Reluctant to turn anyone away, the college created two cohorts, for a total of fifty-three students; this June, forty-five of the original students graduated on time.
“The program will give us a stable pipeline of teachers who are from the community and plan to stay here” said Connie Smejkal, the dean of instruction overseeing the program.
The biggest barrier to spreading this model to other states is the resistance of existing public four-year colleges. A recent survey revealed that 70 percent of public university presidents consider efforts by community colleges to grant bachelor’s degrees “mission creep.” A majority also rejected the notion that community colleges are well positioned to increase access to students for whom public baccalaureates are inaccessible due to cost or geography.
Underlying this skepticism, however, are more prosaic concerns around enrollments and funding. When states consider plans for letting community colleges award bachelor’s degrees, public universities are first in line to try to stop them. When universities are unable to fend off authorizing legislation, they often use their influence to limit the types of degrees that can be offered to niche fields or require extensive pilot projects, or both. In Michigan, for example, community colleges were only able to secure authority to award bachelor’s degrees in four fields: concrete technology, maritime studies, energy production, and culinary arts. In California, where public universities are over-enrolled and two-to-four-year transfer processes are notoriously weak, the community college system was only able to eke out authority for fifteen pilot baccalaureate programs, many in narrow fields like “Equine and Ranch Management.”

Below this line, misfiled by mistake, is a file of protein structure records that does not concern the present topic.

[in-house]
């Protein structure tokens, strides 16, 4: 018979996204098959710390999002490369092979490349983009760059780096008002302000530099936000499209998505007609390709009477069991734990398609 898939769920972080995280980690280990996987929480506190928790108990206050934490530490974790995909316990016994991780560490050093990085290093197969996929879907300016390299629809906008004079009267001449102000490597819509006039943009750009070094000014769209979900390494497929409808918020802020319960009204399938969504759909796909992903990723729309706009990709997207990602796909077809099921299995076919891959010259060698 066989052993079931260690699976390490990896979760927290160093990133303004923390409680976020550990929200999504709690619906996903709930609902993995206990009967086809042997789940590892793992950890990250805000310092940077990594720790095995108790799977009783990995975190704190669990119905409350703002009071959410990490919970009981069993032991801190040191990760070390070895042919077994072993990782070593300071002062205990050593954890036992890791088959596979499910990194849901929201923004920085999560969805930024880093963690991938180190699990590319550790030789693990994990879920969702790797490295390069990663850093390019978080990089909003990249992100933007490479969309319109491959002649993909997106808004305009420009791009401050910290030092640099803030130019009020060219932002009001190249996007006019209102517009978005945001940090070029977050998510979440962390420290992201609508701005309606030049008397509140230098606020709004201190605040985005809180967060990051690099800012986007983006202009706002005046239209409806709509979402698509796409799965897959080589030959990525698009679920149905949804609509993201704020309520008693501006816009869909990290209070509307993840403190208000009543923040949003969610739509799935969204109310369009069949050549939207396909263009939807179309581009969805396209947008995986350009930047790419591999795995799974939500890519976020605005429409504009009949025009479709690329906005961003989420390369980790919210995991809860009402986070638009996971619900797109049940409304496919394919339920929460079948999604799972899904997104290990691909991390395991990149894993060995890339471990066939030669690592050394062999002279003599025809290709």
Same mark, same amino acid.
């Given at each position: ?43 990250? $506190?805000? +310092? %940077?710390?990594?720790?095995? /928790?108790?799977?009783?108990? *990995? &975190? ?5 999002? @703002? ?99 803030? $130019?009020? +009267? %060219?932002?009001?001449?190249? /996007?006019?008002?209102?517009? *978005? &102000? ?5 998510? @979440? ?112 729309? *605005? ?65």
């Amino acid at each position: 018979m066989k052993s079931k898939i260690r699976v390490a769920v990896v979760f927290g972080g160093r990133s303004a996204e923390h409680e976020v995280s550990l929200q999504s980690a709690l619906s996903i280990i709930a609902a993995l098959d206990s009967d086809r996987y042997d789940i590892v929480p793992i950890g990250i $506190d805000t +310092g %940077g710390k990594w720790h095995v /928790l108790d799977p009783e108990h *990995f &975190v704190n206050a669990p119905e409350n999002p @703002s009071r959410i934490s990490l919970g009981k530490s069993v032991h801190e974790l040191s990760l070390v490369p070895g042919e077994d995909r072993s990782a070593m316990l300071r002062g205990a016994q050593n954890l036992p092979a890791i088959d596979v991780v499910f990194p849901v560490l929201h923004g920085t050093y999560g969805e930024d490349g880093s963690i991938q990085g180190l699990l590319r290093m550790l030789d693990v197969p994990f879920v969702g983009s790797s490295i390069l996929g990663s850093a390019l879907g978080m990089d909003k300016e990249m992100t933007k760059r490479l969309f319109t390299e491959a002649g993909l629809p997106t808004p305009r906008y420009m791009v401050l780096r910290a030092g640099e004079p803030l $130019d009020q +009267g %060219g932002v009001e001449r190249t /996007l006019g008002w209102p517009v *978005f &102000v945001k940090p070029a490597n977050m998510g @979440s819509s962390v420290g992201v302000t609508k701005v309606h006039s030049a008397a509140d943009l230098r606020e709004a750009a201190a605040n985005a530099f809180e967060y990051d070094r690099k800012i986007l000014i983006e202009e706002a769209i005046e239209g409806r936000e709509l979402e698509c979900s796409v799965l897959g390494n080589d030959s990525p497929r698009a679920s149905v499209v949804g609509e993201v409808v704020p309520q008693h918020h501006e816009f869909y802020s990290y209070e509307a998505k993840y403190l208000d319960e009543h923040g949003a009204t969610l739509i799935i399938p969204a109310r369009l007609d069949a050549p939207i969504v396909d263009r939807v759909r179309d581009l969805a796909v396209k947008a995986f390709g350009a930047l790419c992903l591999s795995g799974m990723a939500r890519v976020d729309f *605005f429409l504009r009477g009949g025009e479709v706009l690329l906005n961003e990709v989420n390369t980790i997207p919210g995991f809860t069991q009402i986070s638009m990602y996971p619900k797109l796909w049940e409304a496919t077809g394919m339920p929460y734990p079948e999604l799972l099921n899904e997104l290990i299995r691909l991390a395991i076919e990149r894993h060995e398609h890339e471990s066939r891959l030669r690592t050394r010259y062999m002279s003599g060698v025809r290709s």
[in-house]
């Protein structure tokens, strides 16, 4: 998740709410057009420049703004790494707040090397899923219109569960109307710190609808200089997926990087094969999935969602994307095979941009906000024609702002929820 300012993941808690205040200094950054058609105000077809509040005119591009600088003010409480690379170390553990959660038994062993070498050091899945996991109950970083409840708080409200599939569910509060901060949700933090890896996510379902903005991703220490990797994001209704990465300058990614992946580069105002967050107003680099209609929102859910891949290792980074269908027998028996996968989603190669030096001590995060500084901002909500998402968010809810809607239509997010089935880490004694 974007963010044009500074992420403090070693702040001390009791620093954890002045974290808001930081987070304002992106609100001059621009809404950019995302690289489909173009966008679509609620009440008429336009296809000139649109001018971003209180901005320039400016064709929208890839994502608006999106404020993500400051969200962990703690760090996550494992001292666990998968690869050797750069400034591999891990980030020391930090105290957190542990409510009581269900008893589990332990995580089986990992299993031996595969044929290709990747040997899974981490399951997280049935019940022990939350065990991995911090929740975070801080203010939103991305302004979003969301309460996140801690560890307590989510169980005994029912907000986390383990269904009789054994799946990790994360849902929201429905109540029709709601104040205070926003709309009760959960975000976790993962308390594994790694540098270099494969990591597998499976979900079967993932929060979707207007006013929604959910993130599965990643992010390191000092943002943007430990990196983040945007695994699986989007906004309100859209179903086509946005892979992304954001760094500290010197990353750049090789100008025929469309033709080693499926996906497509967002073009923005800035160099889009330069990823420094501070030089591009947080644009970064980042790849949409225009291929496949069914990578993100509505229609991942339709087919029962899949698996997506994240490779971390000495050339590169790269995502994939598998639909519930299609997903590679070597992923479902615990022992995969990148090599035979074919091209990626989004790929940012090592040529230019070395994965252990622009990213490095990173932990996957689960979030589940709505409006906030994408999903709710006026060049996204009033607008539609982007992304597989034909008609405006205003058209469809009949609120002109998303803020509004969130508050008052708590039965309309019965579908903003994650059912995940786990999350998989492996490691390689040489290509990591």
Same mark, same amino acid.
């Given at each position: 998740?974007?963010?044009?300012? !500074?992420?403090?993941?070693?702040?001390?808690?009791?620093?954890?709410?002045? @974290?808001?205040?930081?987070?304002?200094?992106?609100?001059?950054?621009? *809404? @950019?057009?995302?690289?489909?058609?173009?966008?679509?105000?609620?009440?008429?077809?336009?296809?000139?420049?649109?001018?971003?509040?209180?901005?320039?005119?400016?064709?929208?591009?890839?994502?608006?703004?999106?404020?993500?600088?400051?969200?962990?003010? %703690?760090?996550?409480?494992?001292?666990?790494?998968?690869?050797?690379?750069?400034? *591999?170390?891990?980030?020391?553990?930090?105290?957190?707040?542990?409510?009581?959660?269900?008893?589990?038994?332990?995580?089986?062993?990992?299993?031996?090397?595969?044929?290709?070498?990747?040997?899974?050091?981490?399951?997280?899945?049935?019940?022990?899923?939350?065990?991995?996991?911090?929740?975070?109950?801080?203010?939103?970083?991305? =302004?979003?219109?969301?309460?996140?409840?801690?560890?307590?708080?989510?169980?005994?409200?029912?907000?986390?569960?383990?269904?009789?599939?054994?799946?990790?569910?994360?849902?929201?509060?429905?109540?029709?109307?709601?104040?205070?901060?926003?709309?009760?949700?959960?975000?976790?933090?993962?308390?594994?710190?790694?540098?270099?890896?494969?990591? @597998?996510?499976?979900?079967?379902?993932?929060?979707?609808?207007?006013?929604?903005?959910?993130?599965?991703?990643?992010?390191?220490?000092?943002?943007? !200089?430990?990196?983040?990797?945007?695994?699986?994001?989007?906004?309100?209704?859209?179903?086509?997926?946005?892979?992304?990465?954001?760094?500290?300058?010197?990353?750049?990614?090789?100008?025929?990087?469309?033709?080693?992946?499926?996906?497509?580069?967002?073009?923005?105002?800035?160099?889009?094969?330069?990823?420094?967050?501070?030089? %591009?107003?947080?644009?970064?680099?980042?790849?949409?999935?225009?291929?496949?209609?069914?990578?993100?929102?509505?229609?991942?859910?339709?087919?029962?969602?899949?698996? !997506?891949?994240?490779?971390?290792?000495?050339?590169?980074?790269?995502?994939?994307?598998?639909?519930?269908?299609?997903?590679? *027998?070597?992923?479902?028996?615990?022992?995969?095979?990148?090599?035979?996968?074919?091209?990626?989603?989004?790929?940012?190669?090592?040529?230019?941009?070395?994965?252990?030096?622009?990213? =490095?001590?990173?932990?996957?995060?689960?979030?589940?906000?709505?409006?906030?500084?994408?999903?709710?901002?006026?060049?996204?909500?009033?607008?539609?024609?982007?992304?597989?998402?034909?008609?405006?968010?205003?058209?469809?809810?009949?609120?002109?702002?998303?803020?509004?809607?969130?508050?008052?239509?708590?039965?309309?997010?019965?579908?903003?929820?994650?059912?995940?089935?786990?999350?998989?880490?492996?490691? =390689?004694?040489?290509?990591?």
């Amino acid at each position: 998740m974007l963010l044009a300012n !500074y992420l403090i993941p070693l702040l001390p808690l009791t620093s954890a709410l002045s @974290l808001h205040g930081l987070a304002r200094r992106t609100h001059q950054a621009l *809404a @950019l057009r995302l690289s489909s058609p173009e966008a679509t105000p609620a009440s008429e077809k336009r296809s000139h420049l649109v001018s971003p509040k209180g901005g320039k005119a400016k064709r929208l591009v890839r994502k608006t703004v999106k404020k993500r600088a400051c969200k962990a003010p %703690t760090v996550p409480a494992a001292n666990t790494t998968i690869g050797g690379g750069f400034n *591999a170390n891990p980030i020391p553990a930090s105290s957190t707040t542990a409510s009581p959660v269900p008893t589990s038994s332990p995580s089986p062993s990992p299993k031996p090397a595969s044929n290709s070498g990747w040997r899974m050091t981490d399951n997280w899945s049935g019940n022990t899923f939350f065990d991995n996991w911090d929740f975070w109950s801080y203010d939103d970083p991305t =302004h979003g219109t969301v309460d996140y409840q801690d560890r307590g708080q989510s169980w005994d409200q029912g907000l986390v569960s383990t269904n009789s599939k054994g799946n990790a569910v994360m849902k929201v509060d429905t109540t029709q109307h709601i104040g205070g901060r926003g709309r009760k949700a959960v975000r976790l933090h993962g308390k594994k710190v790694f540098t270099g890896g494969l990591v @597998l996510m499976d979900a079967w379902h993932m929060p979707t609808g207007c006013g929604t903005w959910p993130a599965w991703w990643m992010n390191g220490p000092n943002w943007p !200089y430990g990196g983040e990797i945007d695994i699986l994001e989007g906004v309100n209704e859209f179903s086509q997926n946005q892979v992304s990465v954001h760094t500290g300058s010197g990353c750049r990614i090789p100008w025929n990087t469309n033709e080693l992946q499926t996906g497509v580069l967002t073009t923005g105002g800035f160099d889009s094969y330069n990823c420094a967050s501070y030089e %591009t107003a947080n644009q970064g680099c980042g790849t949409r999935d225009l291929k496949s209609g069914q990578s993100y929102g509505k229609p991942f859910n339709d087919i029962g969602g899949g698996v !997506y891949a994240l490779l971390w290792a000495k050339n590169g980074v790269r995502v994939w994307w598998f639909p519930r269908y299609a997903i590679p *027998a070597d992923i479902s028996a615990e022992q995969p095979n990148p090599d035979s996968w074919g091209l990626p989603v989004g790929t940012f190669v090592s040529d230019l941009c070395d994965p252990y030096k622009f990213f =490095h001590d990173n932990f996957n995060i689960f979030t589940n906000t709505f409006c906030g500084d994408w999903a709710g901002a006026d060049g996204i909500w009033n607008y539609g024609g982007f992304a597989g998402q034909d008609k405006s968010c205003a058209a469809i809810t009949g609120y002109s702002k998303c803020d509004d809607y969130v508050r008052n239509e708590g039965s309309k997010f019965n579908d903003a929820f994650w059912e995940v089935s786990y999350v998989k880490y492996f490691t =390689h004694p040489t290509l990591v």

To be clear, blurring the lines between community colleges and universities is not without risks. Community college leaders themselves worry that expanding into the baccalaureate market might distract from their historic focus serving students otherwise unable to attend four-year universities, like low-income students, underprepared students, and adult learners. Another legitimate concern is that the emphasis on affordability might come at the expense of quality. In Washington, the colleges are required to charge about the same for any upper-division courses as a student would pay at a public university, making the overall cost of the bachelor’s degree the same regardless of whether students transfer. But in states without similar safeguards, including Florida, community college baccalaureates could undercut university offerings even as state legislatures continue to disinvest from higher education.